House Speaker Nancy Pelosi (D-Calif.) announced Thursday that she will create a House select committee to investigate the Jan. 6 Capitol attack after Senate Republicans blocked legislation to create a 9/11-style bipartisan commission last month.
The announcement comes with “great solemnity and sadness,” Pelosi told reporters. Investigators will have “as long as it takes.”
“Again, January 6 was one of the darkest days in our nation’s history,” she said. “It is imperative that we establish the truth of that day and ensure that an attack of that kind cannot happen [again] and that we root out the causes of it all.”
The speaker indicated on Tuesday she would make a decision on whether to form a committee this week.
While the independent Jan. 6 panel had support from Democrats and a vocal section of the United States Capitol Police, which was overrun by the mob of Trump supporters trying to breach the building, nearly all Republicans in the Senate chose to block its creation last month by using the filibuster. Instead of investigating the factors that led to the attack, along with why it took hours for law enforcement to respond to calls for backup, the GOP has largely sought to move past the historical event.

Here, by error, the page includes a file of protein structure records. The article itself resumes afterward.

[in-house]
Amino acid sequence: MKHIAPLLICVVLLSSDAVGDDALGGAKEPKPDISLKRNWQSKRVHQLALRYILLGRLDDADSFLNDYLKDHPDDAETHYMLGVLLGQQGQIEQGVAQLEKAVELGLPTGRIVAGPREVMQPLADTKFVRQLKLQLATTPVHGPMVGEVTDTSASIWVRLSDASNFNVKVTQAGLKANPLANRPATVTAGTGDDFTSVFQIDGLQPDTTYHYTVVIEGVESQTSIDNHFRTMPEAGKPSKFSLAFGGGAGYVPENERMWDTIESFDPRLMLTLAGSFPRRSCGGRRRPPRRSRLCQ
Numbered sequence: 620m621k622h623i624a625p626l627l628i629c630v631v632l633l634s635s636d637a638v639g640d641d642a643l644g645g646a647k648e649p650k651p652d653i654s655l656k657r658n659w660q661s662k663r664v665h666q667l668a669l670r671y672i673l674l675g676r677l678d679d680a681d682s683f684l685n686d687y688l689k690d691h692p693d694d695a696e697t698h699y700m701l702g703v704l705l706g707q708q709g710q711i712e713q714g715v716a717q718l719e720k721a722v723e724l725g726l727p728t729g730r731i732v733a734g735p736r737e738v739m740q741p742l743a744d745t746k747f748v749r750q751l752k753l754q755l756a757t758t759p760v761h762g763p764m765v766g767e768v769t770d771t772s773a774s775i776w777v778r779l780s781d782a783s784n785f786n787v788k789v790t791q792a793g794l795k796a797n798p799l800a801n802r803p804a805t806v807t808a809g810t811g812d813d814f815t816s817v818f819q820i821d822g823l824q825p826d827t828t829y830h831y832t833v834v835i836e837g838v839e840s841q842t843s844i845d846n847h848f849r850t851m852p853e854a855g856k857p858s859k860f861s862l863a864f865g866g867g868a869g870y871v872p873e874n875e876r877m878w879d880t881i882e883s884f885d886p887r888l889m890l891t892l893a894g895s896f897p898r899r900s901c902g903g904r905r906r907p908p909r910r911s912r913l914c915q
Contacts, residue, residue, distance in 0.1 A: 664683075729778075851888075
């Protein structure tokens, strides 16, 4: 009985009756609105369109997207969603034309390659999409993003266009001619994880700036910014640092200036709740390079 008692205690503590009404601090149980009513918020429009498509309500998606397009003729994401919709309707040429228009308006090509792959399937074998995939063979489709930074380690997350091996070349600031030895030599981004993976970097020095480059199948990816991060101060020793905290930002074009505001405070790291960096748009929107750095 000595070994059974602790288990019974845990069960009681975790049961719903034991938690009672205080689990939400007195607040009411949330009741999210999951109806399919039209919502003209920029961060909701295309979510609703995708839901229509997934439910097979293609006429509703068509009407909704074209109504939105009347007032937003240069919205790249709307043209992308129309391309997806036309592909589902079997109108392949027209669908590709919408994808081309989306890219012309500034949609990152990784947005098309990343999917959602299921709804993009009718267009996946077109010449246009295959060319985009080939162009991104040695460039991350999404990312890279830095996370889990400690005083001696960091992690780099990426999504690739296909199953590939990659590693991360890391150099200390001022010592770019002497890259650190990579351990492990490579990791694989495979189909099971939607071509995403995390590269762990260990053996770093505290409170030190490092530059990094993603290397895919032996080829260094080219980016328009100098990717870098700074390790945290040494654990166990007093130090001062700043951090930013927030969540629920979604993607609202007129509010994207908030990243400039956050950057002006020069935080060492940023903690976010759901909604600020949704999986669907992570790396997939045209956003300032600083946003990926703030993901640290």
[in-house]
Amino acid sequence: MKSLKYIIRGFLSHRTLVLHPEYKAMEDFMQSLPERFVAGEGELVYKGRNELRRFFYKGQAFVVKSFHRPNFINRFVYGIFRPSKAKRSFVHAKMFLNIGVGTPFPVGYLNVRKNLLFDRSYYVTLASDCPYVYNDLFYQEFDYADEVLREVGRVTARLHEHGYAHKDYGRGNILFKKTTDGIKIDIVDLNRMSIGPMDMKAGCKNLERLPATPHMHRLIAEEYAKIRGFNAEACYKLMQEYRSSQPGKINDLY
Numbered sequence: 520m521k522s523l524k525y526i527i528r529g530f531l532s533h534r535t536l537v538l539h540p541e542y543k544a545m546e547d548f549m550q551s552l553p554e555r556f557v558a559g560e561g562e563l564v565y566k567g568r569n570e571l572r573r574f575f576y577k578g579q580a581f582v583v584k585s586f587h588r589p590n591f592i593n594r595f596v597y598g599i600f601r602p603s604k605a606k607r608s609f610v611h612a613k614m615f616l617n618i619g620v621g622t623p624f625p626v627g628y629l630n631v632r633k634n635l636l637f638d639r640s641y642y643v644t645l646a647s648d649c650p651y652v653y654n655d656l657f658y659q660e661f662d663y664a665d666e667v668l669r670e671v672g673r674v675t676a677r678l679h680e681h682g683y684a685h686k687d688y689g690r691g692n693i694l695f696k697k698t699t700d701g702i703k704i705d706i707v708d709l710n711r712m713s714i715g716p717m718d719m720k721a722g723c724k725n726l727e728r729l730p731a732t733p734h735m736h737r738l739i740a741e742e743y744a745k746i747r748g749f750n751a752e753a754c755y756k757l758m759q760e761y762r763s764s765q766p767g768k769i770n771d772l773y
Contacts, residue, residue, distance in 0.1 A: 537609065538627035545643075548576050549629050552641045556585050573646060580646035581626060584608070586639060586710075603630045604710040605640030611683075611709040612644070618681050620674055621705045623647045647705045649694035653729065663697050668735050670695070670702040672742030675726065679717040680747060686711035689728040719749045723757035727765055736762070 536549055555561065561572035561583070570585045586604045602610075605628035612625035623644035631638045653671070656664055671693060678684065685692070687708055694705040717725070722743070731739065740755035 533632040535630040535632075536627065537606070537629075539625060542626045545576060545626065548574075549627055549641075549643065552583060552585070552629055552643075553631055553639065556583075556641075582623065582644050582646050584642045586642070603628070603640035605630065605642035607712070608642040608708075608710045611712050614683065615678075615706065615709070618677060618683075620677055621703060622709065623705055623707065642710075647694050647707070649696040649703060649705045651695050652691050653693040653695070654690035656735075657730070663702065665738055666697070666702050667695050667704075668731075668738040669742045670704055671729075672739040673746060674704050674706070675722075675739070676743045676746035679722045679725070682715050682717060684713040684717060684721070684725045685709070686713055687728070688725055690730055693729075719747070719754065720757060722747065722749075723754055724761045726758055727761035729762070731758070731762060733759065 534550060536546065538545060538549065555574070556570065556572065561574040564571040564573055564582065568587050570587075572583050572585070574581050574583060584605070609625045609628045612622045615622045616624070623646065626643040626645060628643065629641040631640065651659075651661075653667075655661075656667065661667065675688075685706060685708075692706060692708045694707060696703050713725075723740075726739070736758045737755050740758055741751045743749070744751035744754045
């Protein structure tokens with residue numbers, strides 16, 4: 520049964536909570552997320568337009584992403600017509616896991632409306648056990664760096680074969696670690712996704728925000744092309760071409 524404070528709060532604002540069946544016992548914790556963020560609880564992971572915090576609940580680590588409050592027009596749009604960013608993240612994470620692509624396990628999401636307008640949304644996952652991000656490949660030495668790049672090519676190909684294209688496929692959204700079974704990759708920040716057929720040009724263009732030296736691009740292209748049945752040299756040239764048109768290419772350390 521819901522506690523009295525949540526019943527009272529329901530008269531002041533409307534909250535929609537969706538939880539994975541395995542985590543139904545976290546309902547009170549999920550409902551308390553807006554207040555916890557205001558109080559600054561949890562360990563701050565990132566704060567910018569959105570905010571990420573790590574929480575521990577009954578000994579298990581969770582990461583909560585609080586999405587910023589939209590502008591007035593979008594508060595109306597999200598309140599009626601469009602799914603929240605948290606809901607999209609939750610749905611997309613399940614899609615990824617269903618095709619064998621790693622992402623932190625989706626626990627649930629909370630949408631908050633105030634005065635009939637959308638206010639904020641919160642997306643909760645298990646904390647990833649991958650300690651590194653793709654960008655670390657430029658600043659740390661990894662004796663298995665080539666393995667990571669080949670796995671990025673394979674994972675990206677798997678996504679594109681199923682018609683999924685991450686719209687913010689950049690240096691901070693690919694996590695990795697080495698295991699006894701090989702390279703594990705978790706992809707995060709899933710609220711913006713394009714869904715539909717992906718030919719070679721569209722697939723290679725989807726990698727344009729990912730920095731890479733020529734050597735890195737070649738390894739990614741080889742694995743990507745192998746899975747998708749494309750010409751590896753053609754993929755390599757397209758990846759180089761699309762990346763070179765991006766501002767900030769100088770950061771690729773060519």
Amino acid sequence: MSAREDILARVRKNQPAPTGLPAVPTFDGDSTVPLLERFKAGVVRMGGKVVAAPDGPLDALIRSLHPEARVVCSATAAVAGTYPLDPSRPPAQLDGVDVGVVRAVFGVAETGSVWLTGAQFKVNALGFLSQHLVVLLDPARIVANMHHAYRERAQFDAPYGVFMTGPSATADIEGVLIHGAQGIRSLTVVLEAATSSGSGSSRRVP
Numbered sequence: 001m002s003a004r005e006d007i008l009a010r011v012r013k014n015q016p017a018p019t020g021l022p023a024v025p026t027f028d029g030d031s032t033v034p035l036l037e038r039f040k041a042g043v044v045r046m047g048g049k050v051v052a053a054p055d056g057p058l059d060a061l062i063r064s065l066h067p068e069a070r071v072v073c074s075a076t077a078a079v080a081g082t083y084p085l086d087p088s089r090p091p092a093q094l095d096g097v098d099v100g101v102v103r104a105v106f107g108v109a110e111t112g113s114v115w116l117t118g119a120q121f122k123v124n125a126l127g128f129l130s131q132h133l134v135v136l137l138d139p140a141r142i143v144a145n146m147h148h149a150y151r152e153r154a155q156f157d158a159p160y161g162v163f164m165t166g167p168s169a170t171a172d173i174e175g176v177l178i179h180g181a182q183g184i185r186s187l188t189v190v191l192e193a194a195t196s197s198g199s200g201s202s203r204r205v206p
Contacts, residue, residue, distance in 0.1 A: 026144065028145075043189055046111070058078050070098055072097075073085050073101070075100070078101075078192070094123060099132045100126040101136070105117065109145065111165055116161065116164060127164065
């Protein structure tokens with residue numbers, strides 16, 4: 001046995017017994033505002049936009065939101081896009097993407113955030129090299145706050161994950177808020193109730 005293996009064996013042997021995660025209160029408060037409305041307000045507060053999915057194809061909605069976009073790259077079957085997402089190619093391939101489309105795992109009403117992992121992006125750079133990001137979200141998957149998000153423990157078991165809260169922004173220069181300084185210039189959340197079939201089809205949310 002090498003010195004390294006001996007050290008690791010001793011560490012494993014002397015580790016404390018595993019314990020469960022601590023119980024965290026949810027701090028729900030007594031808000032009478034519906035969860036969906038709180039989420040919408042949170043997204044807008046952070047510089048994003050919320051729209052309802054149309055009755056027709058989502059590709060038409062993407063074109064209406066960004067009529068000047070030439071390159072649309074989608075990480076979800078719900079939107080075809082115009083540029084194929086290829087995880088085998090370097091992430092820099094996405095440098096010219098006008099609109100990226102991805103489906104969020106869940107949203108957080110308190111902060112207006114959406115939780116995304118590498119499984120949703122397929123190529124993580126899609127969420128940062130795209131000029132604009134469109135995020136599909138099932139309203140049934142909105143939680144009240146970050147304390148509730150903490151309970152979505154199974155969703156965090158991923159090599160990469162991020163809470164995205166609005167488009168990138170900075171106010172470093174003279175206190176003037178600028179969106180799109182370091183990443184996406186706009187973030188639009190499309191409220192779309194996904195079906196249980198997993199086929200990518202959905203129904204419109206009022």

This week, the party also blocked a sweeping overhaul of U.S. voting law that would increase protections for voters across the country, amid assaults on voting rights from state-level Republicans.
Republicans’ actions have increased calls from the left to ax the filibuster, the rule that sets a 60-vote threshold for legislation to even make it to the floor for a debate. But in order to do so, Democrats would need the full support of their caucus, and moderates including Sens. Joe Manchin (W.Va.) and Kyrsten Sinema (Ariz.) have steadfastly refused to get rid of the rule.